Not Everything Is Mom Shaming

Not Everything Is Mom Shaming

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Scary Mommy and princigalli/Getty

It wasn’t so long ago that I posted a picture on social media of my son in his car seat with loosened straps, and a fellow mother confronted me about it. We were parked outside of our home, and I was in the process of getting him out of the minivan when he stopped me in my tracks by doing something totally cute and completely Kodak-worthy.

To no surprise, it didn’t take long before my phone dinged with a private message from a mother reading: “Hey babe! I hope you don’t take this the wrong way, but your son’s straps aren’t quite as tight as they should be. I know what it’s like to buckle multiple kids all at once and getting distracted in the process. I just wanted to send you a friendly heads up.” *insert some kind of smiling face emoji*

I could’ve been snarky with her and stated that we were parked, and that next time, she should try minding her own motherhood, but guess what? I didn’t. I didn’t allow myself to feel offended by her words. I didn’t chastise her for possibly insinuating that I was incapable of following simple car seat safety rules. And above all, I didn’t feel the need to defend myself as a parent.

I did, however, thank her for taking the time to shoot me a reminder before we both went about our day. Because even though my son wasn’t in a moving vehicle with loose straps like this mom likely assumed he was, she still cared enough about the safety of my own child to put herself out on the line and speak up. I don’t know about you, but that’s something I don’t ever want to discourage.

During a time when mothers are judged, or feel judged, for nearly everything, this mom took a chance. She reached out to me on a touchy subject, and because I didn’t attack her for it, she will more than likely feel confident enough to do it again when/if the situation calls for it. Only next time, she might have this same conversation with a parent who has been distracted and is driving around with a child that’s not safely strapped in.

In the process of holding my own tongue, the ripple-effect might just be that I, too, help save a life, and honestly, that alone is worth it.

We always hear that it takes a village to raise a family, but let’s be honest, mothers (me included) take “advice” (what we see as a correction or a direct insult to our parenting) personally. It’s not our fault — society has conditioned us into feeling this way.

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In reality though, we all mess up, whether it’s easily visible on social media or not. While fighting for perfection, we’ve forgotten that we are in this thing together. We’ve turned motherhood into a power struggle, teeter-tottering one parent over another. We’ve failed to realize that not everything is meant to make parents feel ugly inside, because not every parent is well-informed on all things car seat safety, safe sleep, or recalled baby products…. and these are the things parents need to know.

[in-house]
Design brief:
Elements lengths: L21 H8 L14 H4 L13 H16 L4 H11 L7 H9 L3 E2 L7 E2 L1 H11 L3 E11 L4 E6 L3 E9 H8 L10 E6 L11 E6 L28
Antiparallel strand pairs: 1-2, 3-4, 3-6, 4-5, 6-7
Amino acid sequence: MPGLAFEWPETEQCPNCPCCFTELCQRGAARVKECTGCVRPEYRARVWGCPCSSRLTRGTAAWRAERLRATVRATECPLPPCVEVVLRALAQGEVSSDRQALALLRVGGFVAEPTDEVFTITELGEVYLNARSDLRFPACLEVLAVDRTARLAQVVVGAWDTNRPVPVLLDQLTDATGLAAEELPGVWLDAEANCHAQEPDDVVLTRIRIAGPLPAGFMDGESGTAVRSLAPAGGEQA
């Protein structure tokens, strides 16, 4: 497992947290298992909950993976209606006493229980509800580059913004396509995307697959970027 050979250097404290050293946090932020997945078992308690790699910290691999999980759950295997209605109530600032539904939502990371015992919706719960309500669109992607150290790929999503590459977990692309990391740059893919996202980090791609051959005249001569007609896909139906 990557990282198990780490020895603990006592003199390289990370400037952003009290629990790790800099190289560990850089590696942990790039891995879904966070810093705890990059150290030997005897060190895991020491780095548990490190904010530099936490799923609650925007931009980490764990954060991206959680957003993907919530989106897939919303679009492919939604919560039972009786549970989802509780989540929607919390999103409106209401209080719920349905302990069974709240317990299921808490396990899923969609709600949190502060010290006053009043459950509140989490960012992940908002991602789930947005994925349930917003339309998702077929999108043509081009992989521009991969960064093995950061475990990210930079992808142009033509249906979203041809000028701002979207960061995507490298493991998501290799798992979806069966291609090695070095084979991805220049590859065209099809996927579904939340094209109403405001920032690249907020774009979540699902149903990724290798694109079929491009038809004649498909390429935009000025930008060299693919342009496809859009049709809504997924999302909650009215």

Ignorance is not bliss when it comes to our children, because catastrophic accidents can happen in a moment. 

If I’m doing something that could potentially harm one of my children as a parent, please, kindly tell me about it. I’d rather be humbled for a minute than left to grieve over something that was preventable for a lifetime. I’ll take the awkwardness that comes from admitting I’ve screwed up over the agony that would come from something horrible happening to one of my children and wondering why nobody cared enough to simply speak up and say something.

There’s this quote I love that goes something like this: “Protect all children, even if they aren’t yours.” Of course, there is a right and a wrong way to address safety concerns among fellow parents, and I’ve learned that firsthand.

My middle daughter died from SIDS three years ago, and since then, I’ve made it my mission to spread awareness about the risk factors that can cause such a death. From experience, I know that when you insert yourself into the equation of confrontation, perhaps by saying something like, “I accidentally did this too,” it breaks the ice of feeling like one mother or father finds themselves superior over the other.

I don’t judge parents for mistakes, because I am a parent myself who makes mistakes. If something is said by another mom or dad that is meant in a judgmental manner, well… that says more about them than it does about me.

Still, even with my carefully worded phrases and my good intentions, I’m not always the most well-liked mother of the crowd when I inform others of the American Academy of Pediatrics’ regulations for safe sleep, and really, that’s okay with me.

At least I care enough to try. I’d rather be hated by many than to see one child die a preventable death that I potentially saw coming.

We can’t possibly know it all individually, but with the help of many, we can come close to trying. There’s nothing wrong with not having the knowledge of all things motherhood, but there is everything wrong with boasting in such an ignorant state.

Instead of looking at safety advice from others by way of a victim’s point of view, let’s start to perceive it as one mother looking after another.

We all screw up and succeed in parenting in our own ways, but any attempt to keep a child safe is a win… and I wish more people ought to see it this way.